Unocal Suspends Afghan Pipeline Project, But Makes No Promises on Women
California-based oil company Unocal announced last Friday that it has revised its position regarding a proposed gas pipeline that would run from Turkmenistan through Afghanistan to Pakistan and could earn the repressive Taliban regime in excess of $100 million annually.
In its revised statement, UNOCAL announced that it has "suspended all activities involving the proposed pipeline project" and will not invest money in the project "unless and until" the U.N. and the U.S. recognize a legitimize government in Afghanistan. Unocal stated that their participation was also dependent on the country's ability to obtain the capital necessary to begin construction.
No such pre-qualifications were issued concerning the Taliban's harsh abuse of Afghan women. Unocal's revised position statement included only one sentence on the matter, which read, "Unocal recognizes the legitimate concerns regarding the treatment of women in Afghanistan." Unocal made no promise to act on those concerns.
The Los Angeles Times reported Friday that it would ignore protests by human rights activists and remain in Myanmar (formerly known as Burma) despite takeover of the country by a military regime that has punished pro-democracy activists and stopped free-elections. Unocal Chairman and CEO Roger Beach said he was proud to by in Myanmar and would do business in Iran if U.S. sanctions didn't prevent it.
Media Resources: Unocal Position Statement - August 21, 1998
8/28/2015 Alaska Court Protects Abortion Access for Low-Income Women - The Alaska Superior Court struck down a state law yesterday that would have severely limited abortion access for low-income women in Alaska.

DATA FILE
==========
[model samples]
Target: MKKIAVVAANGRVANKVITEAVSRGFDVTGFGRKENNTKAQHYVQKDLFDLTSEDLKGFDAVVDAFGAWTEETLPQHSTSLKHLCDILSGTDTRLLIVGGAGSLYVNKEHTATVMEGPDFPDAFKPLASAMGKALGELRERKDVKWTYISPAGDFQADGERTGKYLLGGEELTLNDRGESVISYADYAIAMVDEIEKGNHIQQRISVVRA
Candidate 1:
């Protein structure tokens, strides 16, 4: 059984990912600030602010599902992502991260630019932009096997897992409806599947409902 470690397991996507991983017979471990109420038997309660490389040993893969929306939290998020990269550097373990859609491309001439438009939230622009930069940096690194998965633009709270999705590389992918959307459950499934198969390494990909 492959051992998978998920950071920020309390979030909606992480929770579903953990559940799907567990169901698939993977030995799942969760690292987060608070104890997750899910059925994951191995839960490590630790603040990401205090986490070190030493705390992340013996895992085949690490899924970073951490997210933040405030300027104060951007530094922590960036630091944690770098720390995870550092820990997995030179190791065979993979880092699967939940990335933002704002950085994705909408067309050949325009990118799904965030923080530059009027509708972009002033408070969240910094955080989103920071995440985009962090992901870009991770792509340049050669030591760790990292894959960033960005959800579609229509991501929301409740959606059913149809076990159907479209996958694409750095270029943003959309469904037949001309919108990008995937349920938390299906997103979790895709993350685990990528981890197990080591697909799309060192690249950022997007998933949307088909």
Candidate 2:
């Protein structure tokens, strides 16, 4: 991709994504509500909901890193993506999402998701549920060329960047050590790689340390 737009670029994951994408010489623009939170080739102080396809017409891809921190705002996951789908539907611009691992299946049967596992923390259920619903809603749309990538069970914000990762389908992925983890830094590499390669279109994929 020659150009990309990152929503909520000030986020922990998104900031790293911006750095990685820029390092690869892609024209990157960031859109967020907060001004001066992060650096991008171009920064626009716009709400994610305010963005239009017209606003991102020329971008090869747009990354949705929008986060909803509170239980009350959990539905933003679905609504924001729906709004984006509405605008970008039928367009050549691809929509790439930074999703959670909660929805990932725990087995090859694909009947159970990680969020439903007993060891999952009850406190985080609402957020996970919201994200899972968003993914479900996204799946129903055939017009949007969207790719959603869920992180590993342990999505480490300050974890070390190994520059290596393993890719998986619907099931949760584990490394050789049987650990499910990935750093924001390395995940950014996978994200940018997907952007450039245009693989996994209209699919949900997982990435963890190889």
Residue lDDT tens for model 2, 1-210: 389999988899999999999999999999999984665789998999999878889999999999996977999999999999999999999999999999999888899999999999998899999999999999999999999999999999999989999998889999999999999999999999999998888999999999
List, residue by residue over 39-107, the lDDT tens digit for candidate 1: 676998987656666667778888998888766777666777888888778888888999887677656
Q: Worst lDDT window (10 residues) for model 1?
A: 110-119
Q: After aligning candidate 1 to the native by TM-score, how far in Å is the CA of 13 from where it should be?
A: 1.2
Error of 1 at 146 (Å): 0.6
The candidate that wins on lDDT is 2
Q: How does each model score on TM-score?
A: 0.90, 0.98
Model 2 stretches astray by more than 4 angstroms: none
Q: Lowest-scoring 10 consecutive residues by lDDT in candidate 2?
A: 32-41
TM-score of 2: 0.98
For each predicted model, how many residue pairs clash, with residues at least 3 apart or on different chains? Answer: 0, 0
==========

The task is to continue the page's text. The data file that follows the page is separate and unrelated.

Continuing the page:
The state's Superior Court also struck down a Department of Health and Social Services regulation that placed narrow specifications on Medicaid coverage for abortions, requiring that Medicaid-funded abortions be determined by a physician to be "medically necessary." Last year, the Center for Reproductive Rights, the American Civil Liberties Union, and Planned Parenthood sued on behalf of the Planned Parenthood of the Great Northwest, claiming that the narrow definition of "medically necessary" arbitrarily established conditions designed to restrict the ability of low-income women to access abortion services.
The law was temporarily blocked last July by an Alaskan state court judge.
Superior Court Judge John Suddock ordered yesterday that the state be blocked from implementing this regulation, ruling that it placed an undue burden on low-income women seeking abortion services in Alaska.
"By providing health care to all poor Alaskans except women who need abortions, the challenged regulation violates the state constitutional guarantee of 'equal rights, opportunities, and protection under the law'," the ruling read.
"We applaud the superior court for striing down these cruel restrictions on women's health and rights that violate the Alaska Constitution," said Chris Charbonneau, CEO of Planned Parenthood of the Great Northwest and the Hawaiian Islands. . . .
8/26/2015 Saudi Women Prepare to Vote for the First Time - The fight for gender equality is making slow but notable progress in Saudi Arabia, where women will be allowed to vote for the first time in upcoming December elections.
This shift in Saudi law came in 2011, when a royal decree announced that women would be allowed to vote and run in local elections beginning in December of 2015. . . .